I’m simultaneously tickled and unsurprised that a reader of this column would be among the 200. As for the record companies, they certainly attempt to turn taste into a science, but it remains guesswork for them. They can copy trends (boy bands), but predicting taste, even within these general genres is rather inexact. And, while an individual might eventually tire of an old stale song, entire industries mint money on the bet that people want to hear the same music over and over again. That’s exactly the basis behind the formulation of Top 40 radio and also Classic Rock as a genre.

      Thanks for your thoughts!

      – David

  2. Dave Soldier

    hi David,

    Thanks for the analysis. One point I disagree with however,

    “The opposite effect, evoking a sense of distaste and displeasure, appears to be an achievable goal, simply through focusing on such a diversity of styles at such great length that it’s bound to annoy nearly every possible listener.”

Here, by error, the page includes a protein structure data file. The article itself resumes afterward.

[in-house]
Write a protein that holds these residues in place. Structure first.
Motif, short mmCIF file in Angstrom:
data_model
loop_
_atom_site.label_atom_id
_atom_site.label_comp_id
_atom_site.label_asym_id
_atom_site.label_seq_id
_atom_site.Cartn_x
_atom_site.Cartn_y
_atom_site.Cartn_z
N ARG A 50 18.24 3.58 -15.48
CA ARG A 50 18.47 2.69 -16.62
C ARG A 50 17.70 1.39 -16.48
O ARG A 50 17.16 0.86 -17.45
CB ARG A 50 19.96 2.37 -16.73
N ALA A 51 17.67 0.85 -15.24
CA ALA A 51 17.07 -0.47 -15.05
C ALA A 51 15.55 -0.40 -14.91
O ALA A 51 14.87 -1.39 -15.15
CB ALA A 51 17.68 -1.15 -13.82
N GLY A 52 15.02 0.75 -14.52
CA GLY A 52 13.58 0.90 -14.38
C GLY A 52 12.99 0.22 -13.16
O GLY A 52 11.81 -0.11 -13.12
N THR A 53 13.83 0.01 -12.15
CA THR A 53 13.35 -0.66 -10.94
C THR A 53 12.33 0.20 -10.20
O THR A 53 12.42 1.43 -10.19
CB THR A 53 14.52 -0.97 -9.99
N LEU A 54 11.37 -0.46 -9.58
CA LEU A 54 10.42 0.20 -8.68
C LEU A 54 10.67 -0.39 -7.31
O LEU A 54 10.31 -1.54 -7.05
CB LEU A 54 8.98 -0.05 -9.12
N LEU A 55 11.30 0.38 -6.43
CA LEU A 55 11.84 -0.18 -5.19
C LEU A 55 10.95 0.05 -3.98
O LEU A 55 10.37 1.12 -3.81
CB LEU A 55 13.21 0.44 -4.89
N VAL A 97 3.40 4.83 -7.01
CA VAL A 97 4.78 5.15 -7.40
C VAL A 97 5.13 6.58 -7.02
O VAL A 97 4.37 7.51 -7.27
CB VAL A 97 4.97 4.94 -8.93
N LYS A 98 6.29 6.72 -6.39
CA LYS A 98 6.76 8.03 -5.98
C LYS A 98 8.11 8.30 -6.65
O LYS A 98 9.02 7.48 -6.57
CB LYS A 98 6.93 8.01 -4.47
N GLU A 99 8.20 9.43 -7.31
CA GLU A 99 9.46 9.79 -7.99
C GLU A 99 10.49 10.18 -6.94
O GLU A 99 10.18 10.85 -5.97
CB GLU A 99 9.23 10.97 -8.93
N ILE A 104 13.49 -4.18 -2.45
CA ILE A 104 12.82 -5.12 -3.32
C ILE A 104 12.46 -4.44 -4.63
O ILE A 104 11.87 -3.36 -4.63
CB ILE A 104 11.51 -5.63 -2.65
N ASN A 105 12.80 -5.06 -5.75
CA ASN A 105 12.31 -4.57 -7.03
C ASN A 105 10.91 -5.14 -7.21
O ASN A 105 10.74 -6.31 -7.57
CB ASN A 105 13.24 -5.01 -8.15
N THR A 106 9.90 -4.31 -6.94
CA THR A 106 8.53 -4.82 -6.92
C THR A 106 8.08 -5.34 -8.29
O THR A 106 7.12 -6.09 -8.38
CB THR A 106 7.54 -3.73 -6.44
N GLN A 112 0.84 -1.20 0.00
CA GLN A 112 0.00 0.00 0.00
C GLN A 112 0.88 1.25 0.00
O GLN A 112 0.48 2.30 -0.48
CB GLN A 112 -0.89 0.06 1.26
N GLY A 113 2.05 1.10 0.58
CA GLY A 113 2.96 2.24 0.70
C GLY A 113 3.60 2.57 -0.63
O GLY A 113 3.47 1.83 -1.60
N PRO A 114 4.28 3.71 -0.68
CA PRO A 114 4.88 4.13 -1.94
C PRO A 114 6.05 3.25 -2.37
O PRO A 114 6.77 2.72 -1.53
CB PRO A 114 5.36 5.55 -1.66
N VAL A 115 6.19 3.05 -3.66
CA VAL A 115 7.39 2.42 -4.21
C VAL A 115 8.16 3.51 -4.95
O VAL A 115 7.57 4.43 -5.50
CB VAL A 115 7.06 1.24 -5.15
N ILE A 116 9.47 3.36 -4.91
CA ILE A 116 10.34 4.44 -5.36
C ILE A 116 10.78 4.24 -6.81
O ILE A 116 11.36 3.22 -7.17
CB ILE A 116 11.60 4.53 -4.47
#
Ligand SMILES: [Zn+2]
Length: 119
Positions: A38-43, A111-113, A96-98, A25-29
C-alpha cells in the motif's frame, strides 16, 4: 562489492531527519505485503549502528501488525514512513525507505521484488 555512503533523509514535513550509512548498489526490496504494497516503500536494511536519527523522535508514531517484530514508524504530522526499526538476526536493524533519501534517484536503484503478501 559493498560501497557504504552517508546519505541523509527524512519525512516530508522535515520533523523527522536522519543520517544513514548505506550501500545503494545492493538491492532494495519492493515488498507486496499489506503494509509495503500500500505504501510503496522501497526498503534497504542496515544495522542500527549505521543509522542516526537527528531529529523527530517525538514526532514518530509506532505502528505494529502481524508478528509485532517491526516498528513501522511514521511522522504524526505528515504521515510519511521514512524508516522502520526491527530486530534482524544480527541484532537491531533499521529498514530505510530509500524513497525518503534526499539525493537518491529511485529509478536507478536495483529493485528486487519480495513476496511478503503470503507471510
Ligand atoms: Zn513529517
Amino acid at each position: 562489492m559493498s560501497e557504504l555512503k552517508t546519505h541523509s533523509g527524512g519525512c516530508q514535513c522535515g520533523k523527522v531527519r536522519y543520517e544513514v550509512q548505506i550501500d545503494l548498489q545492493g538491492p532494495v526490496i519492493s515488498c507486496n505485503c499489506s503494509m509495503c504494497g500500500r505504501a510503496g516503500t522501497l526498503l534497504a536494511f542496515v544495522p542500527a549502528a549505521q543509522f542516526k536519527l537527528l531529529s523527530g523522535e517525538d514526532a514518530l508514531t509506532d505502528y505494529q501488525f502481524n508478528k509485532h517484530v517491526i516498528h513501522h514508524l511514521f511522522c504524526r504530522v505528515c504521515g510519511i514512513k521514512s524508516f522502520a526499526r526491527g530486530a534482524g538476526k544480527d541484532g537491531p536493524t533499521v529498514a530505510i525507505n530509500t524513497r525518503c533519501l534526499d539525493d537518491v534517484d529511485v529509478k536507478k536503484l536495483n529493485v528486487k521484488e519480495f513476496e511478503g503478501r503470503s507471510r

I think that annoying music fans with diversity is only ONE way to annoy nearly every possible listener.

    I have taken this as a challenge. I believe I have now used the scientific method, mathematics, and the art of deduction to discover additional creative approaches to annoy nearly every possible listener.

    For example, a Fourier transformation of even your favorite recording will drive nearly every possible listener to distraction, and almost no one is capable of listening to the entire piece (actually, defining the duration of the piece is one of the relevant issues for this approach to Universally Annoying Music, but takes some effort to define).

    I have posted a new radio for WFMU on this topic, with the math of the derivations and examples at

    the best, Dave